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Better.com Laying Off More Workers Today

David Krechevsky
Apr 19, 2022
Better.com

For its third layoff since December, company does not state number of jobs being cut.

Less than two weeks after offering certain employees a severance package, Better.com is conducting its third round of layoffs in four months.

In an email sent to staff this morning that was obtained by NMP, Richard Benson-Armer, Better.com's chief people, performance and culture officer, states the company made “the difficult decision to make another substantial cut to our production workforce in the United States.”

The letter does not state how many jobs will be cut, nor how the layoffs will be focused among the company’s various units. The Wall Street Journal, citing an unnamed source “familiar with the matter,” reported that the cuts will target employees in the mortgage lender’s sales, real estate business, and mortgage operations. 

In the email obtained by NMP, Benson-Armer states that corporate leaders will spend today “making one-on-one calls to notify departing colleagues of this news. If you are impacted, you will receive a call today to learn the news personally and discuss next steps.”

The email states the company will offer “comprehensive severance packages,” including a minimum of 60 days and a maximum of 80 days cash severance payments, as well as continuing insurance benefits through the end of the month, “after which impacted employees will be able to opt into using COBRA, with Better covering the premiums until July 31, 2022.” It is also offering outplacement services.

In the email, Benson-Armer states the decision to make additional staffing cuts was “difficult but necessary.” 

“As the mortgage environment in which we operate continues to indicate further declines ahead, we have to do more to ensure Better is appropriately positioned, financially and operationally, to navigate this changing environment,” the email states. “It is through this that we will continue to work to further position Better on its pathway to profitability.”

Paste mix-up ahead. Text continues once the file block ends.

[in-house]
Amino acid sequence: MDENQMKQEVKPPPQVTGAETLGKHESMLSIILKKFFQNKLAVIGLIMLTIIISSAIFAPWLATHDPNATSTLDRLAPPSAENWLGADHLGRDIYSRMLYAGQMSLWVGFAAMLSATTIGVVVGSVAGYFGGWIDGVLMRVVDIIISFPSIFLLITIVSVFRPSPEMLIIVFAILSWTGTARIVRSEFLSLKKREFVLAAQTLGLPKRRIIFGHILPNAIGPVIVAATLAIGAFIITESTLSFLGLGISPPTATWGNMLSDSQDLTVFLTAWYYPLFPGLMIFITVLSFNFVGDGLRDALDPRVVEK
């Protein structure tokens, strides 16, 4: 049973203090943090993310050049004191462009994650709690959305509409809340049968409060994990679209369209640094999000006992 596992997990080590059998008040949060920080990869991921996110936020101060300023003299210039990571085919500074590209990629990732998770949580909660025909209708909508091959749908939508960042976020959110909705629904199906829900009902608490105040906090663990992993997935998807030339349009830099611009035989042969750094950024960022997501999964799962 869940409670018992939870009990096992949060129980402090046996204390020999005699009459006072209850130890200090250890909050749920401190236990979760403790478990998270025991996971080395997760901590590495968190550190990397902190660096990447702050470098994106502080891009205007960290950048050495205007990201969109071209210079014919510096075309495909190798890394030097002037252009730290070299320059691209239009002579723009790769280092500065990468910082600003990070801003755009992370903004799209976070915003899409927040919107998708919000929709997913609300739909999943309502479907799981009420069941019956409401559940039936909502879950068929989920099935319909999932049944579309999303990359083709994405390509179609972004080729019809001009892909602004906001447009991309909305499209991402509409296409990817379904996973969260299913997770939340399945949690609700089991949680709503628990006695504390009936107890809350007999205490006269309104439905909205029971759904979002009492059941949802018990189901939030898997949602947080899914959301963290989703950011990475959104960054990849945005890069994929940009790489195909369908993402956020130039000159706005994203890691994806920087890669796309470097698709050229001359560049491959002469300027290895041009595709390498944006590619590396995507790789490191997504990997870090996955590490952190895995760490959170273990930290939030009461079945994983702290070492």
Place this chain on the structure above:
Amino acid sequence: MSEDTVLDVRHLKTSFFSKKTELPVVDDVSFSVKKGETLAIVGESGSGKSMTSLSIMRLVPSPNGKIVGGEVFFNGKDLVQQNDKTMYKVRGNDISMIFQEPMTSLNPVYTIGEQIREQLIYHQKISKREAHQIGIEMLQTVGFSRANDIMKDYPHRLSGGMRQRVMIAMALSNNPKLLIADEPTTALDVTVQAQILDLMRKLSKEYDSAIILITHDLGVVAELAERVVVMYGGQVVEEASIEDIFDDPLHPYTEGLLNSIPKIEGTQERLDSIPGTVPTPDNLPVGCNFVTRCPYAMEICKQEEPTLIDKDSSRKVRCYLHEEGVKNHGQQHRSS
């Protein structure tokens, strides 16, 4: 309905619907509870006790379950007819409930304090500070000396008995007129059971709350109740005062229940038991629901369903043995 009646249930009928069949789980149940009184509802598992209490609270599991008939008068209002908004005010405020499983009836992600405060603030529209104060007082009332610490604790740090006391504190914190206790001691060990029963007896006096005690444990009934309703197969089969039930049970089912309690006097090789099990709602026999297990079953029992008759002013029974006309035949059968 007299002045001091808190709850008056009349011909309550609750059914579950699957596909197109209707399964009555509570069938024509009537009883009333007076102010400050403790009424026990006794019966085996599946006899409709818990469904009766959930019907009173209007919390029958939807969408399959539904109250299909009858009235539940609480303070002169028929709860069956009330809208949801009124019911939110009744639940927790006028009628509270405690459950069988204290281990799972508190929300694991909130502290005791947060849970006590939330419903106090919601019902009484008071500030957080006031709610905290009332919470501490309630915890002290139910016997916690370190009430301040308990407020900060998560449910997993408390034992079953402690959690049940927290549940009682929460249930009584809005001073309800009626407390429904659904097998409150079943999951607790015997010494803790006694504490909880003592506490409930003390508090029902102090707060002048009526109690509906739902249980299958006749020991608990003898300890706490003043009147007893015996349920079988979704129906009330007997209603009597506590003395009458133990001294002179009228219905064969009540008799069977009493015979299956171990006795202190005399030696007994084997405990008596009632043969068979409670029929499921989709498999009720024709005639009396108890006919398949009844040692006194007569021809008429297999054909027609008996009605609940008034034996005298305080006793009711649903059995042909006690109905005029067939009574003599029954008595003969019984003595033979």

The email adds that, “As we work to streamline our operations and strengthen our business in the face of these prevailing headwinds, we are also making changes to our footprint in select locations to achieve further cost savings. If this impacts you or your team, you will receive additional information about next steps of the transition in the coming weeks.”

The latest round of layoffs follows Better.com offering a voluntary severance package to a limited but unknown number of employees on April 7. At the time, Better.com said it had approximately 6,000 employees in the U.S. and India. 

The company has not said how many employees have accepted the buyouts, and it did not state a total for the number of employees being laid off today. 

Based in Manhattan, Better.com had not, as of this morning, filed a notice with the State of New York under the federal Worker Adjustment and Retraining Notification (WARN) Act, which is required when a company with 50 or more employees plans a mass layoff. 

Under federal law, employers must provide at least 60 days’ notice before a mass layoff. The act applies to companies with at least 100 employees when they lay off at least 50 workers.

Under New York’s rules, which are more strict than the federal regulations, if a closing affects 25 or more workers, employers must follow WARN requirements. New York’s rules also cover mass layoffs of 250 workers from one site, or as few as 25 workers if they represent one-third of the company’s workforce.

The New York State WARN Act requires 90 days’ notice. If employers violate the act, they must provide 60 days of back pay and benefits to their employees.

The latest layoffs would be the third time the company has cut jobs since December 2021. 

That month, Better.com laid off 900 employees — with the announcement coming from CEO Vishal Garg during a corporate Zoom meeting. Garg subsequently took time off from the company before returning in January.

That was followed by another mishandled layoff in March. The company laid off about 3,000 people, but some employees found out about the cuts when they discovered a severance check in their corporate payroll app before the official announcement was made.

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